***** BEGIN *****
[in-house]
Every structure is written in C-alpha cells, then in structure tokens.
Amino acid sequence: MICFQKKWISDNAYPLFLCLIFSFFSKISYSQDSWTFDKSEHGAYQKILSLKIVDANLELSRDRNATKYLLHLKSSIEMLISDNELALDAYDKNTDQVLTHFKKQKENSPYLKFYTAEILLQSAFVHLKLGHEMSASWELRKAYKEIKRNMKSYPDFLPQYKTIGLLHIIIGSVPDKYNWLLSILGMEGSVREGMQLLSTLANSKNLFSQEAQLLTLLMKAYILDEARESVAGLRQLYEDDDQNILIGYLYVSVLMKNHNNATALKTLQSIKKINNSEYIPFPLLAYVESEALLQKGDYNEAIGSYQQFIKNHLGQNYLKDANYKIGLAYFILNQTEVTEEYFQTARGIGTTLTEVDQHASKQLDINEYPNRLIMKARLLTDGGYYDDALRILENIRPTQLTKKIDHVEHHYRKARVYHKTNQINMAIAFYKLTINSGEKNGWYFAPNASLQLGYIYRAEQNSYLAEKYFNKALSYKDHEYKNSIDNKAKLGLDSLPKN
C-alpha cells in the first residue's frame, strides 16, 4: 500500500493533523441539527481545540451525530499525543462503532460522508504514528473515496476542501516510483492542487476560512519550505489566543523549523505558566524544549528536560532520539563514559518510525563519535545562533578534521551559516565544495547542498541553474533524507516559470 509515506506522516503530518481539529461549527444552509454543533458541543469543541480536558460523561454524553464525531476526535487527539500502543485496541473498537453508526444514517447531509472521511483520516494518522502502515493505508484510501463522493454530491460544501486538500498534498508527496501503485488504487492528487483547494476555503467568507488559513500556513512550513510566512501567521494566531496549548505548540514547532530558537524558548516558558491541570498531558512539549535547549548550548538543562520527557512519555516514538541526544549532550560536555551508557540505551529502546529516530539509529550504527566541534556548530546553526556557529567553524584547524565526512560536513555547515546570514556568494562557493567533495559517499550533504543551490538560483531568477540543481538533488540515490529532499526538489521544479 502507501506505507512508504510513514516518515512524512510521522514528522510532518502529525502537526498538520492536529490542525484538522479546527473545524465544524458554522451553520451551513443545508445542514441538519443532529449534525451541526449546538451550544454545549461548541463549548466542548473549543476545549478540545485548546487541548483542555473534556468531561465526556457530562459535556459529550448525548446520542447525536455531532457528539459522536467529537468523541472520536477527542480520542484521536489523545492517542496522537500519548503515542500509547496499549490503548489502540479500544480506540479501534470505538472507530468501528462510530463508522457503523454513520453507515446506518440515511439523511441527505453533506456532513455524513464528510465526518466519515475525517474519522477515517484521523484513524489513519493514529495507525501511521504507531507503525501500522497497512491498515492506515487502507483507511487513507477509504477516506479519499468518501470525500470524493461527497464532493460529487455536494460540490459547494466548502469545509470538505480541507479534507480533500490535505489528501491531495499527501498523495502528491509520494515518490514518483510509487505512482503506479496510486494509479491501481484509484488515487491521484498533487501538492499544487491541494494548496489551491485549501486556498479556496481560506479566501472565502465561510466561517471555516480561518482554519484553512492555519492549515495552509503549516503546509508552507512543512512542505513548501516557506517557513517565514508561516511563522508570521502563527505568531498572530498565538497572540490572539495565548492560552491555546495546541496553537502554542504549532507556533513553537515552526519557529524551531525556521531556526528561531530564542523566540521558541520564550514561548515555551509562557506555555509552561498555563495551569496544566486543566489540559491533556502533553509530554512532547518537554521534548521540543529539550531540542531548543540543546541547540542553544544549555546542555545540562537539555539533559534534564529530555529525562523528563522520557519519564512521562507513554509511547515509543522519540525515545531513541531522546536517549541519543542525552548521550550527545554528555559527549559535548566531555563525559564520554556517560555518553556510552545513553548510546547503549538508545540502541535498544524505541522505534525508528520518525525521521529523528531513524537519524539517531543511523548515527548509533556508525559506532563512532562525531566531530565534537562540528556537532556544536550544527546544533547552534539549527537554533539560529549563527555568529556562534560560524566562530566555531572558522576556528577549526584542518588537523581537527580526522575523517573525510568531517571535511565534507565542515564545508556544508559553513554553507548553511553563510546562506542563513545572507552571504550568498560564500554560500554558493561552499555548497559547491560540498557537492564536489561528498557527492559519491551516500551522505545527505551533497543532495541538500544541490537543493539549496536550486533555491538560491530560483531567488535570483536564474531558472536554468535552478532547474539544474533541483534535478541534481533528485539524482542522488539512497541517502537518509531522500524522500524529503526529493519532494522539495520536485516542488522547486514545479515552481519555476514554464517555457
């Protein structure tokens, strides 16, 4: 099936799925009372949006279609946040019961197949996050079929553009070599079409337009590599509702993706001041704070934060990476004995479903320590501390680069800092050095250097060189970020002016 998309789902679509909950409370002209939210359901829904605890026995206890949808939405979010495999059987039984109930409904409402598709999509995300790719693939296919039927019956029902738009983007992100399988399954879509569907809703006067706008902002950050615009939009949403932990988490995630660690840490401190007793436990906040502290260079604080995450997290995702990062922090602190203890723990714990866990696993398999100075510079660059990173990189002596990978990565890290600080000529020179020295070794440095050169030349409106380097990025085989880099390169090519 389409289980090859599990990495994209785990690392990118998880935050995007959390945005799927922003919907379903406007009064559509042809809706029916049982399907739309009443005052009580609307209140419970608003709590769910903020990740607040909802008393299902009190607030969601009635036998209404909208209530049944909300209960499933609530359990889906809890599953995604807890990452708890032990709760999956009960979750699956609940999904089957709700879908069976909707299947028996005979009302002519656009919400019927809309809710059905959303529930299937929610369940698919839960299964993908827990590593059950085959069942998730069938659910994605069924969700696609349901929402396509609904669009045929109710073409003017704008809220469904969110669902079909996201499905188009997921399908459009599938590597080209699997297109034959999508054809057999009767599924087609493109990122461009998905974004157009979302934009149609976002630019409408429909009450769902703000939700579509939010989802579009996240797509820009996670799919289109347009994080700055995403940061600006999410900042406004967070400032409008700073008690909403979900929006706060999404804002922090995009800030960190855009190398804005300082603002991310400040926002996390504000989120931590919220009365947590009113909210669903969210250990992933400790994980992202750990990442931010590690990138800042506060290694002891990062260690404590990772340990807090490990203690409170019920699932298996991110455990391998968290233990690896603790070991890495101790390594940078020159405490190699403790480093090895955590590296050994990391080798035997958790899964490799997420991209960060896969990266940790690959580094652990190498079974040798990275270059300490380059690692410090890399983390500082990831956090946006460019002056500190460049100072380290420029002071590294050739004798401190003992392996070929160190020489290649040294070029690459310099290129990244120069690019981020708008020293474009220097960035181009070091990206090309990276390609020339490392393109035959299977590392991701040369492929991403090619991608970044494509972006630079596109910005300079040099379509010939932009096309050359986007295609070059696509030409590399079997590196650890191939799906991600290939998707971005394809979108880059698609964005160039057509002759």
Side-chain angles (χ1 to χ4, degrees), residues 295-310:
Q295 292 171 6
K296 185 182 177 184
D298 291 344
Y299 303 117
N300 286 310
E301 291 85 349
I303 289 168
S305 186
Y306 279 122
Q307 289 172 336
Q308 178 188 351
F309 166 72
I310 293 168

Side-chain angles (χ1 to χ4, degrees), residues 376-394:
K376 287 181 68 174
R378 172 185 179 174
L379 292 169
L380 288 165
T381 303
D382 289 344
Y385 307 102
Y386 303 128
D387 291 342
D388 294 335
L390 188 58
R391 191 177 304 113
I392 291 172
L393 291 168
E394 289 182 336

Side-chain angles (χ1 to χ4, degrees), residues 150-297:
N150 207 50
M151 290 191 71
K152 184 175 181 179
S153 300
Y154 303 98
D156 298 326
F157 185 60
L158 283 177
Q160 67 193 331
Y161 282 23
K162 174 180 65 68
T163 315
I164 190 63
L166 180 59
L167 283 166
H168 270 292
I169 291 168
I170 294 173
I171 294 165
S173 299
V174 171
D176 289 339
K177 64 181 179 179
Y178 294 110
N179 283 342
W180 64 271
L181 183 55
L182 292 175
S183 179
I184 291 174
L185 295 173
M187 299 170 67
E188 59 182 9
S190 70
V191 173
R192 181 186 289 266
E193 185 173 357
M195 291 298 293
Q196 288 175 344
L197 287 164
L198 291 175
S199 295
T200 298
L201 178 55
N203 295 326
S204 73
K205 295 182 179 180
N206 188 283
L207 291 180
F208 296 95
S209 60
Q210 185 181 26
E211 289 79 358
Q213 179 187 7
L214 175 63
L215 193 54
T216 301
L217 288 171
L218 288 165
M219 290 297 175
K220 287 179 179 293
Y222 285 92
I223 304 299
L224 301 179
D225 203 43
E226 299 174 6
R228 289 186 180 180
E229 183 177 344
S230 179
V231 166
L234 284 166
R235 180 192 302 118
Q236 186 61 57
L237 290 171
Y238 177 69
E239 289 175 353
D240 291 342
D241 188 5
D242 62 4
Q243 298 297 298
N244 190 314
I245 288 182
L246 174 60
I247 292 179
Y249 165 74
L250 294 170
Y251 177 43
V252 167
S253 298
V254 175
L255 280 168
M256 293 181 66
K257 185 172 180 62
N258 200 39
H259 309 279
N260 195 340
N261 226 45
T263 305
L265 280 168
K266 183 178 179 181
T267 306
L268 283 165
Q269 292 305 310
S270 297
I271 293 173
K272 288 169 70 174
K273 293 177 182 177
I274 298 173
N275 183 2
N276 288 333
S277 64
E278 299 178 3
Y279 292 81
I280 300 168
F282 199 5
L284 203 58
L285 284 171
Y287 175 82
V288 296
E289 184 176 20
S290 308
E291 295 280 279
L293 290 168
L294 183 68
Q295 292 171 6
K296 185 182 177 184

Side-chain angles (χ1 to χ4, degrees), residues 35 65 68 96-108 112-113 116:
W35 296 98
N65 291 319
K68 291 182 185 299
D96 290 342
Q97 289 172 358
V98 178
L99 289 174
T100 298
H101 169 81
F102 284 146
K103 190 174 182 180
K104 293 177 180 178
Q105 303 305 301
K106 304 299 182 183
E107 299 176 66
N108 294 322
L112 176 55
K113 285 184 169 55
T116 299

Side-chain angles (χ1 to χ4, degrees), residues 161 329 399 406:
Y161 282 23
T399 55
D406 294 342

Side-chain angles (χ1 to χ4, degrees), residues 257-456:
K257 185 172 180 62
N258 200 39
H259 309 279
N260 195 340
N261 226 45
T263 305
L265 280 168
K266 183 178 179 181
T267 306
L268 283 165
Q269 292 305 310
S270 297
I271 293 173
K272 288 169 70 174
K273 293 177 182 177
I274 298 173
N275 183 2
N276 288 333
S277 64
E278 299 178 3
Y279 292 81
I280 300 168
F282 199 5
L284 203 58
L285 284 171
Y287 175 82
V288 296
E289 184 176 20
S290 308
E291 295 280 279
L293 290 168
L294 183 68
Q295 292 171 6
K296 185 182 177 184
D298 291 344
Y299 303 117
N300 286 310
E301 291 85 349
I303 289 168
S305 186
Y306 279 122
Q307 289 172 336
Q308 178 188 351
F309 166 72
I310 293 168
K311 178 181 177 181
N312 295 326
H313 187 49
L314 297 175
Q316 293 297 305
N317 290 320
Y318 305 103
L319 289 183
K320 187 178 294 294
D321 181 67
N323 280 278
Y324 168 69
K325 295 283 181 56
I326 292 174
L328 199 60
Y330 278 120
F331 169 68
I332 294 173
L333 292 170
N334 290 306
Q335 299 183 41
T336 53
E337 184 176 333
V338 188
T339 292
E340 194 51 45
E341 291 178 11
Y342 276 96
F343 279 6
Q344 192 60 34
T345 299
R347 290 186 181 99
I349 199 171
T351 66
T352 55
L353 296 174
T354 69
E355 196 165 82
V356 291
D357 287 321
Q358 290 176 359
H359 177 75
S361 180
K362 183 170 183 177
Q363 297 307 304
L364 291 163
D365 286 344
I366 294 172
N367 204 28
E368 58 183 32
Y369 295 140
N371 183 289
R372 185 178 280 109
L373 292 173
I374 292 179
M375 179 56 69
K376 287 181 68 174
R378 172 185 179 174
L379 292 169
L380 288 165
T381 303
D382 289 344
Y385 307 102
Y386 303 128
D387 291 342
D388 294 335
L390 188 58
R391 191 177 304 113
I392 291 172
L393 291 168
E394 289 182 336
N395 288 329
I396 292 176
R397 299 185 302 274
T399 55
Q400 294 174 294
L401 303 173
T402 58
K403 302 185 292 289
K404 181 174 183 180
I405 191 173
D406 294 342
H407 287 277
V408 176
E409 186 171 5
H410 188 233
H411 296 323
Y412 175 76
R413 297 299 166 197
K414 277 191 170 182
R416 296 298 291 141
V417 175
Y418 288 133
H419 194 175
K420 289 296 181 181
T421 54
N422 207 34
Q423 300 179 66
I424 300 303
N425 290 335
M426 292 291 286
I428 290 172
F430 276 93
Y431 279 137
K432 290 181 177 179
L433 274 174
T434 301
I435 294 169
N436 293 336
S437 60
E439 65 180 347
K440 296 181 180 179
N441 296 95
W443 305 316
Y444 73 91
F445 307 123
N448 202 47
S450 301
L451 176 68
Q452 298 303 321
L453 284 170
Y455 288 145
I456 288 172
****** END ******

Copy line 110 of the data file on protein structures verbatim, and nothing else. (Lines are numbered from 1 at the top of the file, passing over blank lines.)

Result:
L237 290 171